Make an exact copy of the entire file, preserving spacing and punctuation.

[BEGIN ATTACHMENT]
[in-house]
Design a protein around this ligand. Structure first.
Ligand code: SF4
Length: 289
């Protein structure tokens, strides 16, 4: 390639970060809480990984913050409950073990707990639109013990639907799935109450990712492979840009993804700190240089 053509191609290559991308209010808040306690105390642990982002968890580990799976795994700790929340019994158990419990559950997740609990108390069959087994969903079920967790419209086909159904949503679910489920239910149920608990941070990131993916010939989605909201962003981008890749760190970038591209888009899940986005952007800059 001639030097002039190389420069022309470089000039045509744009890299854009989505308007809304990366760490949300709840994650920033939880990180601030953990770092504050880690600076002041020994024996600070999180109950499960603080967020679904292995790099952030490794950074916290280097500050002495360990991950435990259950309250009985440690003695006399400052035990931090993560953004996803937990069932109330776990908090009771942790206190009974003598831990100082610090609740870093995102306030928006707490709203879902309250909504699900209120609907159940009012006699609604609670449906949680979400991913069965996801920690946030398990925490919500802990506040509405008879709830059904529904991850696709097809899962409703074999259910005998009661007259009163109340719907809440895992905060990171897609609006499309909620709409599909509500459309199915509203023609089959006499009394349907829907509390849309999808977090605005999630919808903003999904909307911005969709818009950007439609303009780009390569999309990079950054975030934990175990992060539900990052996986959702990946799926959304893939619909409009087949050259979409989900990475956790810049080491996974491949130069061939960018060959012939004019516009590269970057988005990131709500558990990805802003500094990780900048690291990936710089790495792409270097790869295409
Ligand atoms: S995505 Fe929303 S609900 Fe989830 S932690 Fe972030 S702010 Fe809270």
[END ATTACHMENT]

[in-house]
Design a protein around this ligand. Structure first.
Ligand code: SF4
Length: 289
């Protein structure tokens, strides 16, 4: 390639970060809480990984913050409950073990707990639109013990639907799935109450990712492979840009993804700190240089 053509191609290559991308209010808040306690105390642990982002968890580990799976795994700790929340019994158990419990559950997740609990108390069959087994969903079920967790419209086909159904949503679910489920239910149920608990941070990131993916010939989605909201962003981008890749760190970038591209888009899940986005952007800059 001639030097002039190389420069022309470089000039045509744009890299854009989505308007809304990366760490949300709840994650920033939880990180601030953990770092504050880690600076002041020994024996600070999180109950499960603080967020679904292995790099952030490794950074916290280097500050002495360990991950435990259950309250009985440690003695006399400052035990931090993560953004996803937990069932109330776990908090009771942790206190009974003598831990100082610090609740870093995102306030928006707490709203879902309250909504699900209120609907159940009012006699609604609670449906949680979400991913069965996801920690946030398990925490919500802990506040509405008879709830059904529904991850696709097809899962409703074999259910005998009661007259009163109340719907809440895992905060990171897609609006499309909620709409599909509500459309199915509203023609089959006499009394349907829907509390849309999808977090605005999630919808903003999904909307911005969709818009950007439609303009780009390569999309990079950054975030934990175990992060539900990052996986959702990946799926959304893939619909409009087949050259979409989900990475956790810049080491996974491949130069061939960018060959012939004019516009590269970057988005990131709500558990990805802003500094990780900048690291990936710089790495792409270097790869295409
Ligand atoms: S995505 Fe929303 S609900 Fe989830 S932690 Fe972030 S702010 Fe809270």